Take your probiotics
More and more research, including a review of studies published in 2015 in the Cochrane Database of Systematic Reviews, shows the importance of the gut microbiome (the good bacteria in your digestive tract) for immune health and fighting off colds. “About 80 percent of our immune system comes from the gut, so making sure to keep a healthy balance of good bacteria in the gut is key during cold and flu season,” Palinski-Wade says. “The gut contains hundreds of strains of good bacteria, so when choosing a probiotic, choose one that contains strains that have been shown to support immune health. For instance, the Bifidobacterium lactis group of probiotics has been found to improve immune function and may be one of the best choices during cold and flu season.” You can also get probiotics from your diet in foods like yogurt and kefir. Check out more of the best foods and recipes for gut health.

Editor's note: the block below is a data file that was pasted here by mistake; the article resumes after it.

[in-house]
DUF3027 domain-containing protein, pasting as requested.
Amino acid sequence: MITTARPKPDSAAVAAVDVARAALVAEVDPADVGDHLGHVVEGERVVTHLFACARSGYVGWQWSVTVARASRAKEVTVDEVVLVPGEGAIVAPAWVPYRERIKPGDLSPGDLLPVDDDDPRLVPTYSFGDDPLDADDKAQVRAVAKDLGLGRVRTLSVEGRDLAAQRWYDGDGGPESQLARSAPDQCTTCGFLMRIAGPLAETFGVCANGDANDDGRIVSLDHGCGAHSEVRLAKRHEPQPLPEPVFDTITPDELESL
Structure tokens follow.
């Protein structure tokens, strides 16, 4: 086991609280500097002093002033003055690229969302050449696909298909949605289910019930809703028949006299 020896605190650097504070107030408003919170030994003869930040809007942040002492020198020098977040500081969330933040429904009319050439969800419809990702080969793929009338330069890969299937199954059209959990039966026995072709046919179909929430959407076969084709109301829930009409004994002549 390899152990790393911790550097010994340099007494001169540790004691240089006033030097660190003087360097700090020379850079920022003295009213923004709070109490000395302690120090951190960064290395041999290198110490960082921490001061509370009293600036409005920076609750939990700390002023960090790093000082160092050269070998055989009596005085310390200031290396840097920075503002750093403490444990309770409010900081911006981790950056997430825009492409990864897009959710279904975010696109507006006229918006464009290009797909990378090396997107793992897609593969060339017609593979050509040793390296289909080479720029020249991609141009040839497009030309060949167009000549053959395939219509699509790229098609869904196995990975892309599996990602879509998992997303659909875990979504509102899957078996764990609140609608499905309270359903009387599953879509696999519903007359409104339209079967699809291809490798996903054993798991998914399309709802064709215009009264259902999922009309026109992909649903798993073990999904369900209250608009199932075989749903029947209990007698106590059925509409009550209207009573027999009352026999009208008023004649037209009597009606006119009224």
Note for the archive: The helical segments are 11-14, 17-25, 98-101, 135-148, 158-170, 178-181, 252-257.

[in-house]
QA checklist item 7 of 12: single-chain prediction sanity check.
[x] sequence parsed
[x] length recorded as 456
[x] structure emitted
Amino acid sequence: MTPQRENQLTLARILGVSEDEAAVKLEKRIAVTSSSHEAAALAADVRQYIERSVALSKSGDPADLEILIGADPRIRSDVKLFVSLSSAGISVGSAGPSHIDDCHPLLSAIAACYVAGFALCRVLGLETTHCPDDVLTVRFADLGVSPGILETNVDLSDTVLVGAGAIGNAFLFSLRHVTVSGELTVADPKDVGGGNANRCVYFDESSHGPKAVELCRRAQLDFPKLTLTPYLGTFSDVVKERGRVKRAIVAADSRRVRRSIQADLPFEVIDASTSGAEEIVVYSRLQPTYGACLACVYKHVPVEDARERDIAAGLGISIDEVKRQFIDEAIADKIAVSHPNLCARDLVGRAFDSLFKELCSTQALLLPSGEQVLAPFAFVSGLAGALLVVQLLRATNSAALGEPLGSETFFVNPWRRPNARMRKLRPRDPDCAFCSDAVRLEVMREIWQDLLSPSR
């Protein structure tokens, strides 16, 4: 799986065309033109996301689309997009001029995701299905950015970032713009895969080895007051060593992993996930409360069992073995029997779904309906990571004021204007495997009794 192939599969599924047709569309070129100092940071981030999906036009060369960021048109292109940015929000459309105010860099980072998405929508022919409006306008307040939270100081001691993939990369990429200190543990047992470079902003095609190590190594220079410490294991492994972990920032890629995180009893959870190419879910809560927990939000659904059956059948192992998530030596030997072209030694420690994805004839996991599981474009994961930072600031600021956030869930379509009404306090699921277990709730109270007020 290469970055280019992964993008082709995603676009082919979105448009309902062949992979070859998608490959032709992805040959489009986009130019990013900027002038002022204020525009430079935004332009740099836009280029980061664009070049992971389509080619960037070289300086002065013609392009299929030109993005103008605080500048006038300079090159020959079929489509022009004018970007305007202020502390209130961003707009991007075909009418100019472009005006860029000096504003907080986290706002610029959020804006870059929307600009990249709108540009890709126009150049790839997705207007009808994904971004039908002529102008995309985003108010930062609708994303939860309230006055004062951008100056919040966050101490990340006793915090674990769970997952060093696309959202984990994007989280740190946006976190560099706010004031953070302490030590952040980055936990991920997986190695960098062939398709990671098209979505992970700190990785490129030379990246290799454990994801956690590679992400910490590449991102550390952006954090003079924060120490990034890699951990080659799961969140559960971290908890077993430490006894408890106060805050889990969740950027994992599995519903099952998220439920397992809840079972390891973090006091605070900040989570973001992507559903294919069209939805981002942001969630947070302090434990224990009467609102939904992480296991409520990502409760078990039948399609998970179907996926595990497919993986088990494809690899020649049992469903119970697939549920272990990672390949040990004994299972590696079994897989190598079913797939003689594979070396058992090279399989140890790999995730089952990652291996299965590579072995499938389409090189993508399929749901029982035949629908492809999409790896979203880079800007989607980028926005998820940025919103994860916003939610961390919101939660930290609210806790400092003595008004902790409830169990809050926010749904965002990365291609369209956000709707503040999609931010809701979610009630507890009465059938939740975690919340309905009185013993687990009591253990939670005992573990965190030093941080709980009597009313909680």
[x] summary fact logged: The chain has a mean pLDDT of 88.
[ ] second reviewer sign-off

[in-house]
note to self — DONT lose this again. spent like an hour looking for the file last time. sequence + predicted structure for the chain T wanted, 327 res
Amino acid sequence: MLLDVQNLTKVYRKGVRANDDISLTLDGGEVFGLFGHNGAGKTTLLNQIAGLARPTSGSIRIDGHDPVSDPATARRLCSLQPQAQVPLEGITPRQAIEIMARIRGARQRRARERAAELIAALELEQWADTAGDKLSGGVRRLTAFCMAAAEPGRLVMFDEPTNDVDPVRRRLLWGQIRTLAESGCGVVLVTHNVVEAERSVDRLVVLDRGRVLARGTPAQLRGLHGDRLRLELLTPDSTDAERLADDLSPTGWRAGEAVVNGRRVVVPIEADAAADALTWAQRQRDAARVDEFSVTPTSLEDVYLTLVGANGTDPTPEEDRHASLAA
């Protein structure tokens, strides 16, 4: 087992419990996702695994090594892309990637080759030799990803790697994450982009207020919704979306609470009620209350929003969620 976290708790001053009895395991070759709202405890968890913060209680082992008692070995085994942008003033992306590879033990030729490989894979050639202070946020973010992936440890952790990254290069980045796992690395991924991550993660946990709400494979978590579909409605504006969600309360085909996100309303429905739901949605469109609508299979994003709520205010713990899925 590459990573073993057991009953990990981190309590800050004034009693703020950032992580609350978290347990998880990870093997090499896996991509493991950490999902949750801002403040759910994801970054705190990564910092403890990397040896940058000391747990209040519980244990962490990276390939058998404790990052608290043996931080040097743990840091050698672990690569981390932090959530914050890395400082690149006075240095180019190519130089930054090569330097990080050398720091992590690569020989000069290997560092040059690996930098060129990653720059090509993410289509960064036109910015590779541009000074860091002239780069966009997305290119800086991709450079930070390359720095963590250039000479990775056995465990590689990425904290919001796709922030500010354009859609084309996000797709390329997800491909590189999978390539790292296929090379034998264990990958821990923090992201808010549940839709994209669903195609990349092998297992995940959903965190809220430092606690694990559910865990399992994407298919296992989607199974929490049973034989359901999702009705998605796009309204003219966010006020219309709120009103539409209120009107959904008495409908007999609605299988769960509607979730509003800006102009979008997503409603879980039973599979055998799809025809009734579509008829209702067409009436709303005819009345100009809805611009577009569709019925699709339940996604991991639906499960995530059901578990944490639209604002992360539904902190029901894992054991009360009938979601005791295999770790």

Don’t forget about prebiotics
Research, including a review of studies published in 2017 in Medical Microbiology and Immunology, suggests that prebiotics also play a role in immune health. “A diet rich in fiber from a variety of plant-based sources can help provide prebiotics—the food the good bacteria in your gut needs,” Palinski-Wade says. So if you feed your gut bacteria well, the theory is they’ll be healthier, and in turn, you will, too. “Aim for at least 25 to 38 grams of fiber per day,” she says. Good sources of prebiotic fiber include prunes (three grams of fiber per serving), beans, and legumes (about eight grams of fiber per serving). Here’s the difference between prebiotics and probiotics.
Cook with onion
Onions are also a great source of prebiotic fiber, and have additional benefits which may enhance your body’s ability to fight colds. “Onions may help to boost the immune system by increasing nitric oxide production in cells,” Palinski-Wade says. Nitric oxide is a chemical compound that’s involved in many different systems in the body—protecting your heart in addition to your immunity. But you have to ingest the onions to get the benefit—don’t fall prey to the old wives’ tale of placing cut onions around the room. Here are more immunity-boosting foods you need to fight off colds and flu.
Cut back on wine